The first issues will see you starting with artists Barry Kitson and Steven Segovia, with many more to follow in subsequent issues. What’s it like to work with so many different artists on the same story? You’ve experienced it with Faith, but does it change the collaborative process?
I think it affects the collaboration less on a project like this because everything on both sides is funneled through editorial first. They help make sure that the pieces come together and the book feels consistent, even with all of the different voices contributing.
How does Faith change when she’s in a team setting? What were your thoughts on how she would act when she hits this role as leader of a superhero team?
I don’t think she really does change all that much, aside from having more people that she’s looking out for. That’s one of the things I’ve always liked about her–she doesn’t let being on a team really affect her sense of self. I think we saw that best when she walked away from Unity.
What is Faith’s mindset when she’s first approached for this? Out of all the heroes across space and time, Neela chose her – how does she respond to that?
She reacts much like a Doctor Who fan meeting the actual Doctor would. She’s very, very happy.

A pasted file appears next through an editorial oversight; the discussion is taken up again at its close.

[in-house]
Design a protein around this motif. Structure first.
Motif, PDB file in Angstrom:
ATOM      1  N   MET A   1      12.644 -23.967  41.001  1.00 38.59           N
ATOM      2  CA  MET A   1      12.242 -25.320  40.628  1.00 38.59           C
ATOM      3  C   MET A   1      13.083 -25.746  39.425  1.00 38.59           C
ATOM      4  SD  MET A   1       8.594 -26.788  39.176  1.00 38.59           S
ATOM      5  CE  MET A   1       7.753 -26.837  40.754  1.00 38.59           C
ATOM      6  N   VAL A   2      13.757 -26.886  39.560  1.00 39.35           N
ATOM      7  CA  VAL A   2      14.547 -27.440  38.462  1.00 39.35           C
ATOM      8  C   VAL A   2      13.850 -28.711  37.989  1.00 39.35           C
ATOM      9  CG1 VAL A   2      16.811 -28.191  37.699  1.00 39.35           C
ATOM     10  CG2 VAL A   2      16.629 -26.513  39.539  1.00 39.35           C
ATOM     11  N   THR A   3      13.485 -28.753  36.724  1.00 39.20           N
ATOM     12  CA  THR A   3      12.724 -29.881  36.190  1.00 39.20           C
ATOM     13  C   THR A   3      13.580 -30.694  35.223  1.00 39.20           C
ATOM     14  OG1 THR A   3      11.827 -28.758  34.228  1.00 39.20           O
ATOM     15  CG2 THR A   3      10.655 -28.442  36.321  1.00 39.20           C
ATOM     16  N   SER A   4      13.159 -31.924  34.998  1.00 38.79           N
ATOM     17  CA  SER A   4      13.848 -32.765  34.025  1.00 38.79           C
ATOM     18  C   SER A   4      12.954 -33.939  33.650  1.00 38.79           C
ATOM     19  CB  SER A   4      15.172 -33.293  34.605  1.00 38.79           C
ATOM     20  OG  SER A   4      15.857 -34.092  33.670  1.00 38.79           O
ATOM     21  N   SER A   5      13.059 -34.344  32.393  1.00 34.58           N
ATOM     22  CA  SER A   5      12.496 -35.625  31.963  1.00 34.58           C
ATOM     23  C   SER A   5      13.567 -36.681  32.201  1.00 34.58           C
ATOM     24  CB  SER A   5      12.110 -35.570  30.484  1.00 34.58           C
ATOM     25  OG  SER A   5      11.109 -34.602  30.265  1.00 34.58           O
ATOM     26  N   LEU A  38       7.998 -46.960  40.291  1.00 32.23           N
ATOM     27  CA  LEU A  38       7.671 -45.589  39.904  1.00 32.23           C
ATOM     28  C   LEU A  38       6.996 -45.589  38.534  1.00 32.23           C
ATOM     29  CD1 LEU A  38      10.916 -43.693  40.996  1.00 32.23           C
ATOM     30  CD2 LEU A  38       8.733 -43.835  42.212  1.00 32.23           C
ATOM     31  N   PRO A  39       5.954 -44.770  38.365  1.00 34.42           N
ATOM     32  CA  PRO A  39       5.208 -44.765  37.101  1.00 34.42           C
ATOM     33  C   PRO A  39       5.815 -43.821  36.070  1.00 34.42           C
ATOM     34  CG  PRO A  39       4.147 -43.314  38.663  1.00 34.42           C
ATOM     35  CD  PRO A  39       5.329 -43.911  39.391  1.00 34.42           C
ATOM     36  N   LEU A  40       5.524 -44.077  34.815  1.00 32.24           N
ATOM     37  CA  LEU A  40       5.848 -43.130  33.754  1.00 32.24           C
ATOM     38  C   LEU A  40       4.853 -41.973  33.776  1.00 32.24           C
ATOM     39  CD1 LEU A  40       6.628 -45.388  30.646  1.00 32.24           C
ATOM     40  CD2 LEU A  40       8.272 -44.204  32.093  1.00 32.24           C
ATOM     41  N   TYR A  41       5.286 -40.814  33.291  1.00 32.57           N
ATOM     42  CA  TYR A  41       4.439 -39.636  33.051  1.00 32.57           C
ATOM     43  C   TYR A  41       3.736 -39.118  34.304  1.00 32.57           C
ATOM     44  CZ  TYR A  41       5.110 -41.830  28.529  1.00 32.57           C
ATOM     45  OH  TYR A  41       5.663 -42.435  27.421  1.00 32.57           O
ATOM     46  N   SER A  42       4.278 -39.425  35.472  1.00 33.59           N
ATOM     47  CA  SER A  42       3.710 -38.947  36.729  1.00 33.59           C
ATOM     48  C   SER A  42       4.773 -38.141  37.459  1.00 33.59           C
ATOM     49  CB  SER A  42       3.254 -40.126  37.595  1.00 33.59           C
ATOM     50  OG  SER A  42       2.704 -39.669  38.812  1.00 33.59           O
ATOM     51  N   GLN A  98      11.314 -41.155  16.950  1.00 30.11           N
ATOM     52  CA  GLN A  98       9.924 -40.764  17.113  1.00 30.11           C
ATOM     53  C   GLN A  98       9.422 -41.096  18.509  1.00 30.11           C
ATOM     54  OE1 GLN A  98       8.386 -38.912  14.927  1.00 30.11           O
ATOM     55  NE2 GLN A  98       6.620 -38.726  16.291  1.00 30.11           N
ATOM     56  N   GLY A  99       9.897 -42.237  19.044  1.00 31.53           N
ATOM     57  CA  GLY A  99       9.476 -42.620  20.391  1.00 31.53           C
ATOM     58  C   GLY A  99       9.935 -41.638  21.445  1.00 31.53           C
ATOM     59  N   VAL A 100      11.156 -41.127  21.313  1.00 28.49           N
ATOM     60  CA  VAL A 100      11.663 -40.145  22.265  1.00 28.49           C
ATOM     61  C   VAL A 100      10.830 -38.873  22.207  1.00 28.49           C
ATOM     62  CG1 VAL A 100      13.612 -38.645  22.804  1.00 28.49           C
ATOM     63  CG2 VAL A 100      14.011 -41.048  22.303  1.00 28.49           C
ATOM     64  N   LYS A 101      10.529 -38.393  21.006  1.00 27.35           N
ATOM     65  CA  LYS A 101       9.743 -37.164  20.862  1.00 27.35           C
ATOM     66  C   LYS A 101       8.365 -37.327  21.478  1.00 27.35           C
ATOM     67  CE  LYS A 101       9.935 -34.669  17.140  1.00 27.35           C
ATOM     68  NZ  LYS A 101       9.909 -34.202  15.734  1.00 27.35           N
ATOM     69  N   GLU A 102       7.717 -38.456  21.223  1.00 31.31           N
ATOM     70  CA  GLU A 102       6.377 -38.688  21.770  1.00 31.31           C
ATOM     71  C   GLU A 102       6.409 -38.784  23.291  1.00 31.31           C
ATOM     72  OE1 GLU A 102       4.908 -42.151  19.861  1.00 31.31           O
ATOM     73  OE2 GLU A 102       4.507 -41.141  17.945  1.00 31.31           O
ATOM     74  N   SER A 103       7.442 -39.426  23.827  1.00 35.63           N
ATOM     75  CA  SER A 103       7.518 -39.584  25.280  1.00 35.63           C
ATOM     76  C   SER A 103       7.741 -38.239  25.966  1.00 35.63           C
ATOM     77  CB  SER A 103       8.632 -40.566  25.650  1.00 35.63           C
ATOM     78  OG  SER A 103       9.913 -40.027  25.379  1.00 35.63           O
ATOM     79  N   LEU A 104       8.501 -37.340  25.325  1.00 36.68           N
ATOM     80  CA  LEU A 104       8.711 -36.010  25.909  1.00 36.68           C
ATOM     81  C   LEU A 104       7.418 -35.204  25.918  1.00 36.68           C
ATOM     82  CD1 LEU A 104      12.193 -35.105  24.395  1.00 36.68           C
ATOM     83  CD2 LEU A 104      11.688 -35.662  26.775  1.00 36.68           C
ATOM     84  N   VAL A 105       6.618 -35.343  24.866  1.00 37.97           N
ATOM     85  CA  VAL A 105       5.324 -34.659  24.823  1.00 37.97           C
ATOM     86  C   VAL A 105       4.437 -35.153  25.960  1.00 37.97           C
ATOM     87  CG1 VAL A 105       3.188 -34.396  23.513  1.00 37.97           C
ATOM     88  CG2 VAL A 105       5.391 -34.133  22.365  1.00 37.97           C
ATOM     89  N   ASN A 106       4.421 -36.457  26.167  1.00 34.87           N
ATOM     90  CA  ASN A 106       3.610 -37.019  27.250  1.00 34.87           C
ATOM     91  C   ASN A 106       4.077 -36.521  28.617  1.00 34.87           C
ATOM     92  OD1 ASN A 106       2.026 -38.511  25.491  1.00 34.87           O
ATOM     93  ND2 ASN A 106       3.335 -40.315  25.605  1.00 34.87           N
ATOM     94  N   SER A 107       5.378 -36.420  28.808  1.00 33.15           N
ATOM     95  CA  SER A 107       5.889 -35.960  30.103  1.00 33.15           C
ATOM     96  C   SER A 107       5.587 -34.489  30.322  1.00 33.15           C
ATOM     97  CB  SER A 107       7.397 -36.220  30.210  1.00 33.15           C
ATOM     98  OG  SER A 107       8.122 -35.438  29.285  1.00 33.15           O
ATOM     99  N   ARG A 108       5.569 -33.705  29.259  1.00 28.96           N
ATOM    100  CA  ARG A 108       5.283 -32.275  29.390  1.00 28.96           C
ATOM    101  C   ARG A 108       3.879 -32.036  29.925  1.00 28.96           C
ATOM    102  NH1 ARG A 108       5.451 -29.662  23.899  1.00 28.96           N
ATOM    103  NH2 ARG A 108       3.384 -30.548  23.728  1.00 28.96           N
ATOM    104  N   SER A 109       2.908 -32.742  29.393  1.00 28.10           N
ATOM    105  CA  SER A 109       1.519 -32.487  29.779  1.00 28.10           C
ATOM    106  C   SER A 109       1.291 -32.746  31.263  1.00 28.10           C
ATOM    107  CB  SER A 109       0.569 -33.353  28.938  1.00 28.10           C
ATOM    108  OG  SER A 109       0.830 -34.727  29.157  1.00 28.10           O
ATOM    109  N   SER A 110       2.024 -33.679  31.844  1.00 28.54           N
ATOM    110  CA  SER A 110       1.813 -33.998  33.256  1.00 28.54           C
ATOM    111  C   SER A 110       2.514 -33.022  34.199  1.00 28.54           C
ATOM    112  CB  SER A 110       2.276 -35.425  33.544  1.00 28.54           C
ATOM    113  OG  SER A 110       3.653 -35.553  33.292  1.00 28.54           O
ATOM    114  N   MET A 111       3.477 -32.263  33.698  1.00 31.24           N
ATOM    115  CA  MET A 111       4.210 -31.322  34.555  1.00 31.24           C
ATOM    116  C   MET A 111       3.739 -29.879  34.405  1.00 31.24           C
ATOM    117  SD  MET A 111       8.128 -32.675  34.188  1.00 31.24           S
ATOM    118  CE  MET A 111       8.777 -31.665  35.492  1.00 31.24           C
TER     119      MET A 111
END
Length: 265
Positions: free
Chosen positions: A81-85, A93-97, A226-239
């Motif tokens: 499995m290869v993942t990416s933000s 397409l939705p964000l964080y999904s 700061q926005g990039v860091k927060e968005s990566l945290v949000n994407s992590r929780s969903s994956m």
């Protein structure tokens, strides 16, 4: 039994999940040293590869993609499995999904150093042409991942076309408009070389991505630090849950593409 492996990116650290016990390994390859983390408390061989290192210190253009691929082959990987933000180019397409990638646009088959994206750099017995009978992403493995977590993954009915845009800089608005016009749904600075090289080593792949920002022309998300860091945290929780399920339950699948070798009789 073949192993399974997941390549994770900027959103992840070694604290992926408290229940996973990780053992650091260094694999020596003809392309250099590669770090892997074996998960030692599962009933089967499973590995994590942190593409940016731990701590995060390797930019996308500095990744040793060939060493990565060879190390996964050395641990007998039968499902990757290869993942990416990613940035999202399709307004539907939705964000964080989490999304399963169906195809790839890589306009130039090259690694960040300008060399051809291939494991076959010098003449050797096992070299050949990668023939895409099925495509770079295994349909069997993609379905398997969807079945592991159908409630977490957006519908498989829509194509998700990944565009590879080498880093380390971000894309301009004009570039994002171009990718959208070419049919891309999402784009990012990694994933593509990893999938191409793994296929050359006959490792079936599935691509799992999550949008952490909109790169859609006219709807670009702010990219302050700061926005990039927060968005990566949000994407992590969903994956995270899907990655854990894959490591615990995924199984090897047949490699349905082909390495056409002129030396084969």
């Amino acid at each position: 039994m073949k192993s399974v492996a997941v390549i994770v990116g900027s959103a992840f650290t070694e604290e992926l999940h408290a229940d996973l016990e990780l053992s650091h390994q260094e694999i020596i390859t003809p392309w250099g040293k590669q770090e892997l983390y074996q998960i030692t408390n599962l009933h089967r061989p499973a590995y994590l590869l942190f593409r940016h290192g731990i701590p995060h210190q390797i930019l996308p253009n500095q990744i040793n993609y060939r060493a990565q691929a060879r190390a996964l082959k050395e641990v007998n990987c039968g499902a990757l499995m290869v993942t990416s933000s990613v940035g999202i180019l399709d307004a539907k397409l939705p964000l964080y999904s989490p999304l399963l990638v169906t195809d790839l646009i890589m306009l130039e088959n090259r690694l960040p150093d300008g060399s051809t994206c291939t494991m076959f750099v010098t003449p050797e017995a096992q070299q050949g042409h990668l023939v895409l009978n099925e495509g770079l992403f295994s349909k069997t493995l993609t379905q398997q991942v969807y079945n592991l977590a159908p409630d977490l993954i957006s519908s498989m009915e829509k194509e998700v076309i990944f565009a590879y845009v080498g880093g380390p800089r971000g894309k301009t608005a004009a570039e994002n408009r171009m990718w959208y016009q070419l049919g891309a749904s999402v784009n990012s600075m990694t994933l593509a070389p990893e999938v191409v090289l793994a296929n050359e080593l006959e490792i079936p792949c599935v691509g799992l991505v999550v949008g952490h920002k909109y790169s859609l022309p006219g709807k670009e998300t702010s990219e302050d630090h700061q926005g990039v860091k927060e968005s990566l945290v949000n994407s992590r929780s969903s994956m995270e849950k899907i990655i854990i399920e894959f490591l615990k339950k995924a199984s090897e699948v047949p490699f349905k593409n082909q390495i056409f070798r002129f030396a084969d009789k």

The villain they’re facing in this story is described by Valiant as being “sentient history” – what or who are they/it? And what is their goal?
It’s less sentient history and more an A.I. who understands how to manipulate history in a way that most time travelers can’t. He knows how to destroy the fixed events that other beings can’t, which makes him a threat to all of reality. And that’s exactly what he’s after.
Your work on Faith has always looked to use classic-styled superhero storytelling as a way to address real and contemporary issues, and it’s tempting to perhaps wonder if we can read anything into the idea of a villain who wants to rewrite history to suit their own purposes. What was it that you found most interesting about the idea of setting Faith and the Future Force against a villain like this?
I think it was more about having a villain different in style and scope than we’ve seen in Faith before, while still feeling like a villain that fits into Faith’s world specifically. If you’ve seen the design, he’s weirdly cute for an entity that wants to kill everything and everyone. Hopefully Faith and the others don’t underestimate how dangerous he is…
Far from rewriting history, you’ve recently helped write history, as Faith was nominated for an Eisner this year for Best Ongoing Series – your first nomination as a writer and I believe one of Valiant’s first as a publisher. What’s it been like to get to build up a character like Faith over the last few years, and see her reach this larger fan-base, and hit the mainstream attention?
It’s really gratifying seeing how comic readers have connected with Faith. I’ve heard so many stories about people who are trying out comics for the first time because of seeing a hero they can relate to. At the end of the day, it means the world to be a part of a story that means so much to so many people.
Faith and The Future Force begins at Valiant this July.